Acquiescence Is Dangerous
The Insurer’s First Response to a Notice of Claim:
When a policyholder or a plaintiff notifies a defendant’s liability insurer or a claim or suit, “every insurer . . . shall immediately. . . accept [yes] or deny the claim, in whole [no] or in part [maybe].”
One Letter Can Clarify the Meaning of “Yes”:
An insurer usually accepts full coverage by silence – agreeing to defend without reserving rights. But, like modern dating on a college campus, it may be best to expressly confirm that “yes” really means what you think it means. One letter can do the trick.
If the Insurer Says “No”:
There are no quick fix when an insurer denies all coverage. But, the policyholder and counsel may consider analyzing the duty to defend and cooperating with plaintiff before urging the insurer to reconsider its denial. Proper techniques for urging an insurer to change a “no” to a “maybe” may include pleading into coverage, truthfully testifying into coverage, and settling the lawsuit either by an agreement, or an arbitration. Both the policyholder and plaintiff should analyze coverage. They may then ask the insurer to reconsider by downloading, adapting, and sending appropriate model letters.
If the Insurer Says “Maybe”:
When an insurer decides to reserves its rights, it has a series of additional decisions it may make:
• Should the Insurer Agree to Pay Independent Counsel? By sending a single Ethical Questionnaire to dependent counsel, the policyholder may establish a factual foundation sufficient to establish whether or not a disqualify conflict of interest exists.
• Should the Insurer Hire Dependent Counsel? By sending a single Coverage Questionnaire to the insurer, the policyholder can establish an evidentiary record to determine whether the insurer has satisfied the necessary prerequisites needed to secure a statutory right to have its counsel “participate in all aspects” of the liability lawsuit.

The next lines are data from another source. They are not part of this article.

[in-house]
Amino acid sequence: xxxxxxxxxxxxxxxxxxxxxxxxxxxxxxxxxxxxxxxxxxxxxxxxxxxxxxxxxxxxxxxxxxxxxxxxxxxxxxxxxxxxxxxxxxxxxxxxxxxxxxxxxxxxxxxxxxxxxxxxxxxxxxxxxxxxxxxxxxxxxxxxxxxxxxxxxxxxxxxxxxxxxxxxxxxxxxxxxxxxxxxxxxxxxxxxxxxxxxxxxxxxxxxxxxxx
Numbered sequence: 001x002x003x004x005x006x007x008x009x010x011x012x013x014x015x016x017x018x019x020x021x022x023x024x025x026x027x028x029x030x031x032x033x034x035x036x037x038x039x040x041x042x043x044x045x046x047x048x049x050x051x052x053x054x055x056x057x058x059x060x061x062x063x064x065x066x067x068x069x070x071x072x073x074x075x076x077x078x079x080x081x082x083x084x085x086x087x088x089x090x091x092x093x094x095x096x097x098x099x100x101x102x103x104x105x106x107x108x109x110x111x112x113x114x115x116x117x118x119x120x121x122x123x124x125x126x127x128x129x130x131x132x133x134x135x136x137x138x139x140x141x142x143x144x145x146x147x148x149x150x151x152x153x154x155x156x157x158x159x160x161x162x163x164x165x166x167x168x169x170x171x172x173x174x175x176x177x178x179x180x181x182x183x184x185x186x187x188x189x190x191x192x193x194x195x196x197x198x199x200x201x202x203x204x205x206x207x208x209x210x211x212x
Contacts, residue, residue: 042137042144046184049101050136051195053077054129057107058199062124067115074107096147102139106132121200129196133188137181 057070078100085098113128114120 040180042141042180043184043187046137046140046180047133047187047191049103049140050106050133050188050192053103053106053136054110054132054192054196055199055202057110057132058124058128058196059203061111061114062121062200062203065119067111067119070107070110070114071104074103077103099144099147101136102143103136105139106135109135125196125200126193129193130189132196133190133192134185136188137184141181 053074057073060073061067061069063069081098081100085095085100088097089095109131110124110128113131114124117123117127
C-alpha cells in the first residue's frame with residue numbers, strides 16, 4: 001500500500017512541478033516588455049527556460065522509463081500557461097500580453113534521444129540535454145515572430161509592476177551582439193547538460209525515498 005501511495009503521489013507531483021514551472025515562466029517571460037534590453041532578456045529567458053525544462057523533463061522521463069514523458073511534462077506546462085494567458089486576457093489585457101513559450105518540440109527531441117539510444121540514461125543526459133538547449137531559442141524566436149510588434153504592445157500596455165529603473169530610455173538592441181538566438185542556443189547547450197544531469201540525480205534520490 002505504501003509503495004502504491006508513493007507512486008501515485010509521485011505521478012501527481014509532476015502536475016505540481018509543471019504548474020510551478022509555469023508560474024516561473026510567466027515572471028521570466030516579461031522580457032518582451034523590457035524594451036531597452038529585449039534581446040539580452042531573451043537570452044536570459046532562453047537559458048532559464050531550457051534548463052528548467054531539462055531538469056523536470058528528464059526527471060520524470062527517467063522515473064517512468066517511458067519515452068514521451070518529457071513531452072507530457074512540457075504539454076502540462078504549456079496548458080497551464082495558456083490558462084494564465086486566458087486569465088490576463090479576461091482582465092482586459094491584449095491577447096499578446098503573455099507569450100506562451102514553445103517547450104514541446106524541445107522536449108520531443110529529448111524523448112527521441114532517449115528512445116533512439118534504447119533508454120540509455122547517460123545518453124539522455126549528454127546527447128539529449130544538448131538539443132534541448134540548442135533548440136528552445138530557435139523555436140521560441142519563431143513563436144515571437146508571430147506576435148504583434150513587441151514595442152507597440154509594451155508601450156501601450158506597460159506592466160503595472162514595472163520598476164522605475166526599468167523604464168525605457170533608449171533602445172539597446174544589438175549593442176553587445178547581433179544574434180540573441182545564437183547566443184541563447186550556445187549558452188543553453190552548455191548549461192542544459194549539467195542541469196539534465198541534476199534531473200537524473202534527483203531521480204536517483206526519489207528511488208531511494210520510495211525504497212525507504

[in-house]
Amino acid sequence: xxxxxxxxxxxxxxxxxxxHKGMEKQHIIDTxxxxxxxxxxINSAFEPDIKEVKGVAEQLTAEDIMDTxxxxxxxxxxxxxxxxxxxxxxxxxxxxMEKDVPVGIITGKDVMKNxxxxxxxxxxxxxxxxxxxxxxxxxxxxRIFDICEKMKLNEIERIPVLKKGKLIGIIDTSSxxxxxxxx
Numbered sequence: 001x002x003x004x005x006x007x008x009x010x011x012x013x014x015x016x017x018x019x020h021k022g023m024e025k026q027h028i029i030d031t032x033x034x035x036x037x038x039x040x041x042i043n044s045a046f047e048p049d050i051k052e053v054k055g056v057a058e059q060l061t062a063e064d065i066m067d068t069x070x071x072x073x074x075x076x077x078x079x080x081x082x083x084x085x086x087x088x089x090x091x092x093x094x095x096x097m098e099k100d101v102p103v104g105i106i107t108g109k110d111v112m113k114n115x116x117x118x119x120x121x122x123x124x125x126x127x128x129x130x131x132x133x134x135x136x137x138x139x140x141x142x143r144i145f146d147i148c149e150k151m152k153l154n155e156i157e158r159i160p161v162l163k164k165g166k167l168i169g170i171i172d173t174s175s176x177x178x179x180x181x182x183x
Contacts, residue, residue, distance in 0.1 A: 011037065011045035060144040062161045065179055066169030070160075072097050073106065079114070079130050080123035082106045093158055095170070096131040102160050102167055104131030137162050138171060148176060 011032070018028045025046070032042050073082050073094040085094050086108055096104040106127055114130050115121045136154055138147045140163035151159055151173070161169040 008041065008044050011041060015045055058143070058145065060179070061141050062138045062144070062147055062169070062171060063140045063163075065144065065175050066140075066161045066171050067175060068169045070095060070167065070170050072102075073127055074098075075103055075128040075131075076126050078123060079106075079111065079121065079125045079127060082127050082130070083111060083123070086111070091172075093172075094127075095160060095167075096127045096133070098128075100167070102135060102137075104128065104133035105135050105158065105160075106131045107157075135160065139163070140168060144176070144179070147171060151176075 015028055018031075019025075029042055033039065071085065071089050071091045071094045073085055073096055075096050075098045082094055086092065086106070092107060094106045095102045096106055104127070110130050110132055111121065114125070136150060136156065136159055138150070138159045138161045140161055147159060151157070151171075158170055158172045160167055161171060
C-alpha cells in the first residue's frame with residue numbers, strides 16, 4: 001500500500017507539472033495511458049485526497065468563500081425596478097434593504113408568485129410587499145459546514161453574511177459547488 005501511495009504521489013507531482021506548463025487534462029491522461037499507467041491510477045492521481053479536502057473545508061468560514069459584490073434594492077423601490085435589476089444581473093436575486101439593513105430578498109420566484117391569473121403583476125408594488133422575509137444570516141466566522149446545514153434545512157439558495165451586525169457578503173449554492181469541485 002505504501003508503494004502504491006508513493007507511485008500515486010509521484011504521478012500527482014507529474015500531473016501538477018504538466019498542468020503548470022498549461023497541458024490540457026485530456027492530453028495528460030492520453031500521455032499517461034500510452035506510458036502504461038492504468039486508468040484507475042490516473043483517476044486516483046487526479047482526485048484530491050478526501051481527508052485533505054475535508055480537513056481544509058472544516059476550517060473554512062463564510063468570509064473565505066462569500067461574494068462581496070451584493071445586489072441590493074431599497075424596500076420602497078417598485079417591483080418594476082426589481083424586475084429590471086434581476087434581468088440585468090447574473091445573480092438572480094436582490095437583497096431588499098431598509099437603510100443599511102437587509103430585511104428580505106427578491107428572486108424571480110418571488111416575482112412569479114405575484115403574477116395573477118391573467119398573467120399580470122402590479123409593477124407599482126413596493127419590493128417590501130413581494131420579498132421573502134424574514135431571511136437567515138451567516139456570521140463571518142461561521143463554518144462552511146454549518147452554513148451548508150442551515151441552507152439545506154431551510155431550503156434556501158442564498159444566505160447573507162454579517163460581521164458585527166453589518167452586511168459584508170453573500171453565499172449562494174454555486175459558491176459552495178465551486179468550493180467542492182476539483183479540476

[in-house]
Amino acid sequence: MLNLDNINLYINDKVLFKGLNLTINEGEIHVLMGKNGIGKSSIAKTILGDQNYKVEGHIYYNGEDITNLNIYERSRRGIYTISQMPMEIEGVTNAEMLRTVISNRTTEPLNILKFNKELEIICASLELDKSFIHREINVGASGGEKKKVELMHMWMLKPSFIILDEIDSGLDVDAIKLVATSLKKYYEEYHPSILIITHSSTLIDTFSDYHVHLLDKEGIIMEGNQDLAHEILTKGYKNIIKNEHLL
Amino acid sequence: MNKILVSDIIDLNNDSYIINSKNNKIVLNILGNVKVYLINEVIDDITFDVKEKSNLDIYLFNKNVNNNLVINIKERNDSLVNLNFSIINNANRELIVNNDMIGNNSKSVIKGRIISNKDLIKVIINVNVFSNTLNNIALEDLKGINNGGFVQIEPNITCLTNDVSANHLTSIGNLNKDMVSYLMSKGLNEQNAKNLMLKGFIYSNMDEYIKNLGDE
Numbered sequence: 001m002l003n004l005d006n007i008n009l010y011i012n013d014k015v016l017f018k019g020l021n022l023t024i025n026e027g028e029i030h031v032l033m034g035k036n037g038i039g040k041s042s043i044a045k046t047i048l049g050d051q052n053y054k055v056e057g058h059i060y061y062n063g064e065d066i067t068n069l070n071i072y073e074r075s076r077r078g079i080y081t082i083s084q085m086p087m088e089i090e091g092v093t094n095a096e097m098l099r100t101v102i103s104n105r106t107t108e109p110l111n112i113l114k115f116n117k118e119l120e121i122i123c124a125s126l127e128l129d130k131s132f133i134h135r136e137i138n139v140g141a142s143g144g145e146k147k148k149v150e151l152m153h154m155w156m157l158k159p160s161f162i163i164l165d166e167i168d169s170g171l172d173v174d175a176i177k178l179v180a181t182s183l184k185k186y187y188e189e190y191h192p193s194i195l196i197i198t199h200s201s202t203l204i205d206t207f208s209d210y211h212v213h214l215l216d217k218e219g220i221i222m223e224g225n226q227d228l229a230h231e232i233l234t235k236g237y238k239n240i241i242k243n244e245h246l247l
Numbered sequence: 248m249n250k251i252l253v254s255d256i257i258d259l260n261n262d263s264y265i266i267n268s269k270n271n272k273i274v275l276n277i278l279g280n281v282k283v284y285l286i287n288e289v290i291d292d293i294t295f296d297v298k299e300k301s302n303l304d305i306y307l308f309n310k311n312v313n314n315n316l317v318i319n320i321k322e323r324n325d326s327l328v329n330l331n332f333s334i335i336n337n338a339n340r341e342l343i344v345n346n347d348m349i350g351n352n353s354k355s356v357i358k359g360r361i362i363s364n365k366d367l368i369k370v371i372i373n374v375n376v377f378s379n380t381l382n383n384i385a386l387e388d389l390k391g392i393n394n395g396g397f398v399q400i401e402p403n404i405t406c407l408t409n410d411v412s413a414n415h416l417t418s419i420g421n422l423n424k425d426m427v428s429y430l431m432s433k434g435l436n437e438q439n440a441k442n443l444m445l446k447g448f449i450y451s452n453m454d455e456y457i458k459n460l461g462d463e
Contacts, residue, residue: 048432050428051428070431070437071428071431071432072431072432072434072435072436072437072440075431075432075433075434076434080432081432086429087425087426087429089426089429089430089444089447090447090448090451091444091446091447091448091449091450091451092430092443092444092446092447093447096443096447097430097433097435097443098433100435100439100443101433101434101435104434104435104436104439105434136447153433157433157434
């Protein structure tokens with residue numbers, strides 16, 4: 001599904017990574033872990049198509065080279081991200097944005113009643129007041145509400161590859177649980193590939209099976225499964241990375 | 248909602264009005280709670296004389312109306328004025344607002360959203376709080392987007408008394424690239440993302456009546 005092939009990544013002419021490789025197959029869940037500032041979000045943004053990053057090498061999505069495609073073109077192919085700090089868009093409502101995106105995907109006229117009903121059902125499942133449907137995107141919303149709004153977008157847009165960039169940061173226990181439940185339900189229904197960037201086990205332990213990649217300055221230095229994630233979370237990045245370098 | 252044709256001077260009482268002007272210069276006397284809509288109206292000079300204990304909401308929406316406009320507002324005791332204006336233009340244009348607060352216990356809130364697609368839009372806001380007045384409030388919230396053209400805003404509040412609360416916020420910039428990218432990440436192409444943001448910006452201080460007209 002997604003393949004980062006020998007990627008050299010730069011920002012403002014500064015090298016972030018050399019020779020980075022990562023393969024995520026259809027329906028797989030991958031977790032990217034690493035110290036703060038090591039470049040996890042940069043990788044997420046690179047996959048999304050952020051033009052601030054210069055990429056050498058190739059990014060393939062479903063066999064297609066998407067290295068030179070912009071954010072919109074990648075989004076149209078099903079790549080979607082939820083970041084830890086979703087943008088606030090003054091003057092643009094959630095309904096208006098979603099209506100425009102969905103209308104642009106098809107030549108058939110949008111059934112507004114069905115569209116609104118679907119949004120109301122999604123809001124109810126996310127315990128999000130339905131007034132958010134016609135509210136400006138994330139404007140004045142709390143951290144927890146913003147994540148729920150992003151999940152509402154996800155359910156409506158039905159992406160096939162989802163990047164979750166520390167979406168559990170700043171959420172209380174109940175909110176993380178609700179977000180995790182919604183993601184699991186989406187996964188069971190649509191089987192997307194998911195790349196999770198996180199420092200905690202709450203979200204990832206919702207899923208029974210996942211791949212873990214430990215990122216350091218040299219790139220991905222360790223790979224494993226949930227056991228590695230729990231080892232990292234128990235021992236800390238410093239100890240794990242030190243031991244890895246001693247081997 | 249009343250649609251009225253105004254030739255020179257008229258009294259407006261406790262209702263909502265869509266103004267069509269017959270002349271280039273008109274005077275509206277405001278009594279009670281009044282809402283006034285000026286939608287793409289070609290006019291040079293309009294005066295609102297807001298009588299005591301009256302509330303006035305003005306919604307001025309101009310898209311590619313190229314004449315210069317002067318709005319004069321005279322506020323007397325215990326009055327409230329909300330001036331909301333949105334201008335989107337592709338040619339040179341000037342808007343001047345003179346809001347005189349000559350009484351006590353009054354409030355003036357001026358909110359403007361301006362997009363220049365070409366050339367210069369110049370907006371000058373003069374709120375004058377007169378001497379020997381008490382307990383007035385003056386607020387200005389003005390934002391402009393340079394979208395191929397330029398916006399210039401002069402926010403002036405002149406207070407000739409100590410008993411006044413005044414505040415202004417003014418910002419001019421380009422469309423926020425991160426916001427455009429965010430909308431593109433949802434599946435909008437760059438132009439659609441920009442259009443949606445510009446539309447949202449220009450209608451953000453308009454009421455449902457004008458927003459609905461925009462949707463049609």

• Should the Insurer Actually Pay Independent Counsel? While some insurer agree in writing to provide independent counsel, some try to control the defense by not paying the invoices of independent counsel. Such a breach my result in the forfeiture the insurer’s contractual right to control settlement. If Civil Code § 2860 applies at all, arbitration may resolve all attorney fee disputes.
• Should the Insurer Accept a Settlement Offer? To achieve the desired result, a policy limit settlement offer should be made properly.
• Should the Insurer Sue for Declaratory Relief? While some insurers seek to be excused from a duty to defend by filing a declaratory relief action that is entitled to trial preference, such a suit must be stayed or dismissed if it raises issues that are related to disputed issues that are also being litigated in a liability dispute.
• Should the Insurer Seek Reimbursement of Defense Costs? While an insurer has an equitable right to seek reimbursement of costs of defense from its policyholder for those costs allocable to claims that were never even potentially covered, doing so creates an incentive for the policyholder to confess covered liability, and may entitle the policyholder to seek reimbursement from conflicted dependent counsel.
• Should the Insurer Seek Reimbursement of Settlement Costs? While an insurer may also seek reimbursement of certain settlement costs from its policyholder, there are several simple techniques available to the policyholder to resist this claim.
Develop Written Evidence:
An insurer may change its mind about coverage at any time. It is important to develop a written record of admissible evidence regarding any potential coverage dispute.
Telephone Conflicted Dependent Counsel:
Readers may make or receive telephone calls with the insurer and its lawyers to orally discuss the substance of the letters received. Consider reviewing Pitches and Fallacies prior to placing a call.
 Cd. Reg. § 2695.7(b).
 “[I]f a liability insurer assumes the defense without [a] reservation of rights, it is precluded from [later asserting] noncoverage. [T]he insurer’s unconditional defense constitutes a waiver.’” (Miller v. Elite Ins. Co. (1980) 100 Cal.App.3d 739, 754 (ellipses omitted).) See, Article: Silence May Concede Full Coverage.
 See, Article: Settle and Sue.